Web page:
How Alfred the Great Fought with His Pen
W HILE Caedmon sang his English lays and Bede wrote his Latin books, Northumbria had grown into a center, not only of English learning, but of learning for western Europe. The abbots of Jarrow and Wearmouth made journeys to Rome and brought back with them precious MSS. for the monastery libraries. Scholars from all parts of Europe came to visit the Northumbrian monasteries, or sent thither for teachers.
But before many years had passed all that was changed. Times of war and trouble were not yet over for England. Once again heathen hordes fell upon our shores. The Danes, fierce and lawless, carrying sword and firebrand wherever they passed, leaving death and ruin in their track, surged over the land. The monasteries were ruined, the scholars were scattered. A life of peaceful study was no longer possible, the learning of two hundred years was swept away, the lamp of knowledge lit by the monks grew dim and flickered out.
But when sixty years or more had passed, a king arose who crushed the Danish power, and who once more lit that lamp. This king was Alfred the Great.
History tells us how he fought the Danes, how he despaired, and how he took heart again, and how he at last conquered his enemies and brought peace to his people.
Alfred was great in war. He was no less great in peace. As he fought the Danes with the sword, so he fought ignorance with his pen. He loved books, and he longed to bring back to England something of the learning which had been lost. Nor did he want to keep learning for a few only. He wanted all his people to get the good of it. And so, as most good books were written in Latin, which only a few could read, he began to translate some of them into English.
In the beginning of one of them Alfred says, "There are only a few on this side of the Humber who can understand the Divine Service, or even explain a Latin epistle in English, and I believe not many on the other side of the Humber either. But they are so few that indeed I cannot remember one south of the Thames when I began to reign."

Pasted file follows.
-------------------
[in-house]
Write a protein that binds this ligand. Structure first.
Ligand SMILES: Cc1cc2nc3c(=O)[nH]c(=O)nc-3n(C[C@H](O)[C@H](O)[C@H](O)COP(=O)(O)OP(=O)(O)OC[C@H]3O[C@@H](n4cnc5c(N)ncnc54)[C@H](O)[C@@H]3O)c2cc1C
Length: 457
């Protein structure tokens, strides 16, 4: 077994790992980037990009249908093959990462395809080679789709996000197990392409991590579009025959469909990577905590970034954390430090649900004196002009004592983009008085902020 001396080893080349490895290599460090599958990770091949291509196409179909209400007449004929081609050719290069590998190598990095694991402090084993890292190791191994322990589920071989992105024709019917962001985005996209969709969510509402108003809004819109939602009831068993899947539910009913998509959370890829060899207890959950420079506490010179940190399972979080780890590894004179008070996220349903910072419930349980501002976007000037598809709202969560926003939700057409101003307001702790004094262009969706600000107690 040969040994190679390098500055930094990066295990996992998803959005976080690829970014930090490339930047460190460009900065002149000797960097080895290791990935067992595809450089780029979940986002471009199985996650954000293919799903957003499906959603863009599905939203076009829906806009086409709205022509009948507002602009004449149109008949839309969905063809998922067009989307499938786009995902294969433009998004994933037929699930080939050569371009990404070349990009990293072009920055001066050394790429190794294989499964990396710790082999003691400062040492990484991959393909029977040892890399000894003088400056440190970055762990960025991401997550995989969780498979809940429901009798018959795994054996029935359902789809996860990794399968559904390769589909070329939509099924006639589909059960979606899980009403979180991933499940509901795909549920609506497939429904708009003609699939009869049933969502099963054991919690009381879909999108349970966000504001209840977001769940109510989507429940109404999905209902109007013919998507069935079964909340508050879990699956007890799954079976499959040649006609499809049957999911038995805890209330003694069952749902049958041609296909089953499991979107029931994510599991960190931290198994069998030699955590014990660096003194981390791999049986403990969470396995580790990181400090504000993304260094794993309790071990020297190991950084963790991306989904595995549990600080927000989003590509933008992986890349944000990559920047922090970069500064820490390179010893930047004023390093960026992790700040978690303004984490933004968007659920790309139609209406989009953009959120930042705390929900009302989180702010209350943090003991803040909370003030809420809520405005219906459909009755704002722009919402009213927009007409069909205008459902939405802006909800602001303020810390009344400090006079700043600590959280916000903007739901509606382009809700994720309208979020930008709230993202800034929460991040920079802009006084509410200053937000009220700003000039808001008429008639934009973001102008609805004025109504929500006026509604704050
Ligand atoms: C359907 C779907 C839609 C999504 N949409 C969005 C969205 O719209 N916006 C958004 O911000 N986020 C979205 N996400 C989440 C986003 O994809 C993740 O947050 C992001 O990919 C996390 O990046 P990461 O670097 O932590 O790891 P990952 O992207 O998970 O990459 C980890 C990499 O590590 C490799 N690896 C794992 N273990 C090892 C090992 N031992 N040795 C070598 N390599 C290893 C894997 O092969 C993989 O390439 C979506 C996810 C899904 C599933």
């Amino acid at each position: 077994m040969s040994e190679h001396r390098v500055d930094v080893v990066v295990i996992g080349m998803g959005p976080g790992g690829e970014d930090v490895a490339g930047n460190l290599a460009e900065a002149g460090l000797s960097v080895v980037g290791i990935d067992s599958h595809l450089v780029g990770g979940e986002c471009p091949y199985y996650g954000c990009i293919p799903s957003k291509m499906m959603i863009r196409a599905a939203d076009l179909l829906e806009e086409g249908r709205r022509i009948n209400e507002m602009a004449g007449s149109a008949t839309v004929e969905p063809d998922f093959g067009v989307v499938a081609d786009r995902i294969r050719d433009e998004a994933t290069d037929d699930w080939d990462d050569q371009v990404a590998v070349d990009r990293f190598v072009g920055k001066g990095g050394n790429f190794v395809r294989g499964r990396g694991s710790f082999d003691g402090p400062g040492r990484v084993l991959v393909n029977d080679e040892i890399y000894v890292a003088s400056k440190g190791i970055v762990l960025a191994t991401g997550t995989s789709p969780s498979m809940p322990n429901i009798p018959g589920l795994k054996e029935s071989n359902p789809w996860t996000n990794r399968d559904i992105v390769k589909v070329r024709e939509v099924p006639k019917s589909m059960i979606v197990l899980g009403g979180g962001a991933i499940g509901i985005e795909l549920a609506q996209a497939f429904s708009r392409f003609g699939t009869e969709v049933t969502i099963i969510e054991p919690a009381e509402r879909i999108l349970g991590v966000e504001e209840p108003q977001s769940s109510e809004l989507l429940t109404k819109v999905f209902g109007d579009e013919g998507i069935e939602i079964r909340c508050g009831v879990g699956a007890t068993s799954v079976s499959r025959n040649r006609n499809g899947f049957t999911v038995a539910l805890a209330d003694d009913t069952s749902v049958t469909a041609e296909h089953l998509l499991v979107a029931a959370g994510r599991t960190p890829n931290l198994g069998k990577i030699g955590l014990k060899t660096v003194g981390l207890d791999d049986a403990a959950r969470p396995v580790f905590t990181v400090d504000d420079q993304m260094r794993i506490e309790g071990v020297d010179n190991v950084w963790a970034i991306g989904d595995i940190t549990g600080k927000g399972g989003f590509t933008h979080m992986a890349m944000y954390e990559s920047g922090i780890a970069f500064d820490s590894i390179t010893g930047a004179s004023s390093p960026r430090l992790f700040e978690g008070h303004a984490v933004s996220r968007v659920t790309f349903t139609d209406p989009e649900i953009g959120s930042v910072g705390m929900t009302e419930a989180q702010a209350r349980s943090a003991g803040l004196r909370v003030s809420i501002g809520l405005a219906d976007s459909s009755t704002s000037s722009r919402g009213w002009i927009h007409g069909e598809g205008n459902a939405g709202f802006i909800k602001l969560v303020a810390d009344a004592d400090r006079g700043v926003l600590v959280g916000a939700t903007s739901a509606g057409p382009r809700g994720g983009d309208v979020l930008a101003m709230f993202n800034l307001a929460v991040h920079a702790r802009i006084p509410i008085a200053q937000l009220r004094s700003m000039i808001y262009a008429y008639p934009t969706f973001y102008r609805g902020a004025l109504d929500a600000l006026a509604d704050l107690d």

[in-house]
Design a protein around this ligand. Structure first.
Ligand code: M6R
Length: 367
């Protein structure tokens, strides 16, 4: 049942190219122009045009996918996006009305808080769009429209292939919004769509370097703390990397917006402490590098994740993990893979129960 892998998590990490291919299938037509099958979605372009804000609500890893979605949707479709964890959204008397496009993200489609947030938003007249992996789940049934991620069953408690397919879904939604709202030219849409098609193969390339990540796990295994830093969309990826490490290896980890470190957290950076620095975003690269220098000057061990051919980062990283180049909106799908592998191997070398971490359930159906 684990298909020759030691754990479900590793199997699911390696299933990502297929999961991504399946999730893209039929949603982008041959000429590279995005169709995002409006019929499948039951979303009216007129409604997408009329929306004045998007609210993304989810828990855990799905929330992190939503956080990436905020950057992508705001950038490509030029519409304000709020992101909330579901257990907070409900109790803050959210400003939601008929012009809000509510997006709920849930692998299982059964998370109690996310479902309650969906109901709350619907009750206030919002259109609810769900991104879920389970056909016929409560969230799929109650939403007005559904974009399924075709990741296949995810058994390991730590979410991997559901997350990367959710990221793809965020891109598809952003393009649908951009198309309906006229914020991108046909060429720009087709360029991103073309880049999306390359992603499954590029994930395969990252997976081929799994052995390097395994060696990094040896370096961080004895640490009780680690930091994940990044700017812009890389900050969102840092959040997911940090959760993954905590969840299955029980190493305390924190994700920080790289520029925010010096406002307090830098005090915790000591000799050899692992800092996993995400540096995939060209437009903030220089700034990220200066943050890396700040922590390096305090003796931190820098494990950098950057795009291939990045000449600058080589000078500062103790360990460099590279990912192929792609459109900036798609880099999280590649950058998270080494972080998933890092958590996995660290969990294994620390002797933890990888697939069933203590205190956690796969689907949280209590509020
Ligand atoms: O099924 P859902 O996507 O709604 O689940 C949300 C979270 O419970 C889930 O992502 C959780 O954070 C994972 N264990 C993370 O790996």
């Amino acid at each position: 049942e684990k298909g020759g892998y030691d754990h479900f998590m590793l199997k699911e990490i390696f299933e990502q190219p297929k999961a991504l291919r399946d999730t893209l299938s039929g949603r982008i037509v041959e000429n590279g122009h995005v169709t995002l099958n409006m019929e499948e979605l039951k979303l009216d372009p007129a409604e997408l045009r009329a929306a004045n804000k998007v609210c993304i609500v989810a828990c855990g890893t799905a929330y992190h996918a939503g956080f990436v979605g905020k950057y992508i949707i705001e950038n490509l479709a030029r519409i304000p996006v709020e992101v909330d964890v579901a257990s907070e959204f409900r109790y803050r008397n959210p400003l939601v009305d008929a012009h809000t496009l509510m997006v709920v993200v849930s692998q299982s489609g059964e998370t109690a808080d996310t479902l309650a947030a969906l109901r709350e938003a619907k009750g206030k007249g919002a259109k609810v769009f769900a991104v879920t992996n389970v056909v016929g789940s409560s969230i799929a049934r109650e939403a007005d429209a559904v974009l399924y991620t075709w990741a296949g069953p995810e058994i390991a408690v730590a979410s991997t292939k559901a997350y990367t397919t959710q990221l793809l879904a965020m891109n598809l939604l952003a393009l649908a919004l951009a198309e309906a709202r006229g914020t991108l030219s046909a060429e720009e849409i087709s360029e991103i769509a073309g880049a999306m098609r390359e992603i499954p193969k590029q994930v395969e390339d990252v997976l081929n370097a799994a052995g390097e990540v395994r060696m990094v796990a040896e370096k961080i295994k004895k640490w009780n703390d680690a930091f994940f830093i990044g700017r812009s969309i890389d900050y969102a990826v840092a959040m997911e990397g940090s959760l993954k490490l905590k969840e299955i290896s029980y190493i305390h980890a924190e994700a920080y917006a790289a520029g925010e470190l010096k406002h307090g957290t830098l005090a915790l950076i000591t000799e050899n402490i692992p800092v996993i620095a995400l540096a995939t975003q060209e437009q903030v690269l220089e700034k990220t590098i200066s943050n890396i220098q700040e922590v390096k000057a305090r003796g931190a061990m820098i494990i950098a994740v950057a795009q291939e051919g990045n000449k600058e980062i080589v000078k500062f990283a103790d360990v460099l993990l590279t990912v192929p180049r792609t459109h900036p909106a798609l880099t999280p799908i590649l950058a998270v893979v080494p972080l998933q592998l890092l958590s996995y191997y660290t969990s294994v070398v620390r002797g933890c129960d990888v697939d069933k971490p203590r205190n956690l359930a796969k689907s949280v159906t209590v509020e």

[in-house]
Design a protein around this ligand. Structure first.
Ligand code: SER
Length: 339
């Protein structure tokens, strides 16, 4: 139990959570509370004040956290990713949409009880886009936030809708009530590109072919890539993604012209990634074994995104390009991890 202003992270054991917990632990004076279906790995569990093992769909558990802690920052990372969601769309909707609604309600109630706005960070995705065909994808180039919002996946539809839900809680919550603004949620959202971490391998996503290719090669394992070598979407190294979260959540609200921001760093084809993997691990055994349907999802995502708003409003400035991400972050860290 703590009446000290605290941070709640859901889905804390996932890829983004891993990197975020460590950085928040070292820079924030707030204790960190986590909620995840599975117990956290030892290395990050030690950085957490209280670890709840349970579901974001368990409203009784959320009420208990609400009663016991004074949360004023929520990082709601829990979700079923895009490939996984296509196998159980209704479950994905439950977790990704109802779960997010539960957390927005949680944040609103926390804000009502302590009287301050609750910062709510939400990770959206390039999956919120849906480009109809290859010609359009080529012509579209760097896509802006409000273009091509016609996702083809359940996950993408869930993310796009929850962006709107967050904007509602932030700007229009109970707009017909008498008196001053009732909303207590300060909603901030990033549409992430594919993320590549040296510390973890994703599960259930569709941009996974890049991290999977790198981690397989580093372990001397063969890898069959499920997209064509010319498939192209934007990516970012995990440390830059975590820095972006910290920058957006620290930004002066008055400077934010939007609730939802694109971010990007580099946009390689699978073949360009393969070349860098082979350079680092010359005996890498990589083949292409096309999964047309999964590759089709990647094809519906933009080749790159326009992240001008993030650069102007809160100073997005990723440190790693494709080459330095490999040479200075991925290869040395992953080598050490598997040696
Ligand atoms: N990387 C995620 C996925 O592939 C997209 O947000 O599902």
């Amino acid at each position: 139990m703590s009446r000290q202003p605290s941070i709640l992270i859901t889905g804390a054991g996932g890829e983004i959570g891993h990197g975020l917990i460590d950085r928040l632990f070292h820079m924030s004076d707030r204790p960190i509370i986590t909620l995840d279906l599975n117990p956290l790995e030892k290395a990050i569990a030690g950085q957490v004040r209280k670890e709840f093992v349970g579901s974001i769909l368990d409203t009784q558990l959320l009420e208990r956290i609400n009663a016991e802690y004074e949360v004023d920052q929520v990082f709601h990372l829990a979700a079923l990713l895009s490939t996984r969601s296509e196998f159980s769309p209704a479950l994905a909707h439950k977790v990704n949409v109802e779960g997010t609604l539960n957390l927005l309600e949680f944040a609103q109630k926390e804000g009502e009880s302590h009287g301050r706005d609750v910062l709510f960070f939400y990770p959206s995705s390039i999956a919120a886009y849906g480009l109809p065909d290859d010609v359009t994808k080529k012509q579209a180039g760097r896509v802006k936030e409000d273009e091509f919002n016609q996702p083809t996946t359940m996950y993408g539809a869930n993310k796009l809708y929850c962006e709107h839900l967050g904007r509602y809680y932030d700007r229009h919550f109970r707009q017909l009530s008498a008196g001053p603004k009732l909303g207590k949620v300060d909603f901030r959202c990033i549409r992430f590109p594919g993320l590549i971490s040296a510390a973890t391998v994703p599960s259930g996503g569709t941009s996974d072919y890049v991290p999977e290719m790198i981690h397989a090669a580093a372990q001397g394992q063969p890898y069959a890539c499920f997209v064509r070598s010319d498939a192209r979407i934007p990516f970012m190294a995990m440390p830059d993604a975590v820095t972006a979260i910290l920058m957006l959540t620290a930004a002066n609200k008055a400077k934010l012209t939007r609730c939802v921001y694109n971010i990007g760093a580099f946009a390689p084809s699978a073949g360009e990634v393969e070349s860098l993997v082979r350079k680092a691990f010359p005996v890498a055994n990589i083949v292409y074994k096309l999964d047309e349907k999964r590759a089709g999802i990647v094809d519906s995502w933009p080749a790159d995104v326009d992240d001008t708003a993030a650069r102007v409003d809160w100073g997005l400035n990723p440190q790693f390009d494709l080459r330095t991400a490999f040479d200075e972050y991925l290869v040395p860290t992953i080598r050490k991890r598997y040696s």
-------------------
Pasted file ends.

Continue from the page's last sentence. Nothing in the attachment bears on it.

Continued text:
By "this side of the Humber" Alfred means the south side, for now the center of learning was no longer Northumbria, but Wessex.
Alfred translated many books. He translated books of geography, history and religion, and it is from Alfred that our English prose dates, just as English poetry dates from Caedmon. For you must remember that although we call Bede the Father of English History, he wrote in Latin for the most part, and what he wrote in English has been lost.
Besides writing himself, Alfred encouraged his people to write. He also caused a national Chronicle to be written.
A chronicle is the simplest form of history. The old chronicles did not weave their history into stories, they simply put down a date and something that happened on that date. They gave no reasons for things, they expressed no feelings, no thoughts. So the chronicles can hardly be called literature. They were not meant to be looked upon as literature. The writers of them used them rather as keys to memory. They kept all the stories in their memories, and the sight of the name of a king or of a battle was enough to unlock their store of words. And as they told their tales, if they forgot a part they made something up, just as the minstrels did.